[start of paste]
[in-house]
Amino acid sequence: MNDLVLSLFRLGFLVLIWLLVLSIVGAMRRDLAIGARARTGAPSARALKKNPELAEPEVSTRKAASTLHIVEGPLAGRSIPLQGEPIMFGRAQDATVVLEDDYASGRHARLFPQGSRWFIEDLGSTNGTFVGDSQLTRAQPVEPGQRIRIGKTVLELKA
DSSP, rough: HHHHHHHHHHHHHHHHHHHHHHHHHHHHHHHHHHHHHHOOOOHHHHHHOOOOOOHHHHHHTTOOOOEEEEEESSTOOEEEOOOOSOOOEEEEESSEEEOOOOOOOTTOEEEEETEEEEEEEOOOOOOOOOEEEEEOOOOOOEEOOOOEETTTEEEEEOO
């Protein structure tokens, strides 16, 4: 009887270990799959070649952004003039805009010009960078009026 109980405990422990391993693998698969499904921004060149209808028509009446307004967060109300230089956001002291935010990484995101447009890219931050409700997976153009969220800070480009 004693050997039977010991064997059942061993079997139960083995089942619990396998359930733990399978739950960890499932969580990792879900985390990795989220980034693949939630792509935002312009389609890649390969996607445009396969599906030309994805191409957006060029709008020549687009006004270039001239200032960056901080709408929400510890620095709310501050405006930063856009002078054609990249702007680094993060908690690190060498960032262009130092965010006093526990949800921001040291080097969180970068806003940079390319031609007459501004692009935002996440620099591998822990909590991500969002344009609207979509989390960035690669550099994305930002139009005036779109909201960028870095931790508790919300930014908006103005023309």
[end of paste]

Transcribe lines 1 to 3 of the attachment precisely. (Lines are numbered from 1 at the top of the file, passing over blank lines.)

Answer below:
[in-house]
Amino acid sequence: MNDLVLSLFRLGFLVLIWLLVLSIVGAMRRDLAIGARARTGAPSARALKKNPELAEPEVSTRKAASTLHIVEGPLAGRSIPLQGEPIMFGRAQDATVVLEDDYASGRHARLFPQGSRWFIEDLGSTNGTFVGDSQLTRAQPVEPGQRIRIGKTVLELKA
DSSP, rough: HHHHHHHHHHHHHHHHHHHHHHHHHHHHHHHHHHHHHHOOOOHHHHHHOOOOOOHHHHHHTTOOOOEEEEEESSTOOEEEOOOOSOOOEEEEESSEEEOOOOOOOTTOEEEEETEEEEEEEOOOOOOOOOEEEEEOOOOOOEEOOOOEETTTEEEEEOO